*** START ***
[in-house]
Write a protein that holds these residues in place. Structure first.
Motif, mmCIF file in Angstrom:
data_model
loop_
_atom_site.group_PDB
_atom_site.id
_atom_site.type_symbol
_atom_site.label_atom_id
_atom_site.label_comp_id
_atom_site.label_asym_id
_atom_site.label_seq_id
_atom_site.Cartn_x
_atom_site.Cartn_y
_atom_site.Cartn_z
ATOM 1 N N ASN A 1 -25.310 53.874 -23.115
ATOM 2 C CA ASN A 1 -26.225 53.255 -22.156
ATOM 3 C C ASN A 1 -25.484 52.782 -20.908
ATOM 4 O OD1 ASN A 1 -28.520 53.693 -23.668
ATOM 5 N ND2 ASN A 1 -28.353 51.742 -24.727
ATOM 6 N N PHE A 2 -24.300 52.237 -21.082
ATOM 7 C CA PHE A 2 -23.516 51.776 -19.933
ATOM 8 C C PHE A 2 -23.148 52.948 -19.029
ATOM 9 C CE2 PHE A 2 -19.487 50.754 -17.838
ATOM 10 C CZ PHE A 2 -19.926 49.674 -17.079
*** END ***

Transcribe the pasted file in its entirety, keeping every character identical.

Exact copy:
[in-house]
Write a protein that holds these residues in place. Structure first.
Motif, mmCIF file in Angstrom:
data_model
loop_
_atom_site.group_PDB
_atom_site.id
_atom_site.type_symbol
_atom_site.label_atom_id
_atom_site.label_comp_id
_atom_site.label_asym_id
_atom_site.label_seq_id
_atom_site.Cartn_x
_atom_site.Cartn_y
_atom_site.Cartn_z
ATOM 1 N N ASN A 1 -25.310 53.874 -23.115
ATOM 2 C CA ASN A 1 -26.225 53.255 -22.156
ATOM 3 C C ASN A 1 -25.484 52.782 -20.908
ATOM 4 O OD1 ASN A 1 -28.520 53.693 -23.668
ATOM 5 N ND2 ASN A 1 -28.353 51.742 -24.727
ATOM 6 N N PHE A 2 -24.300 52.237 -21.082
ATOM 7 C CA PHE A 2 -23.516 51.776 -19.933
ATOM 8 C C PHE A 2 -23.148 52.948 -19.029
ATOM 9 C CE2 PHE A 2 -19.487 50.754 -17.838
ATOM 10 C CZ PHE A 2 -19.926 49.674 -17.079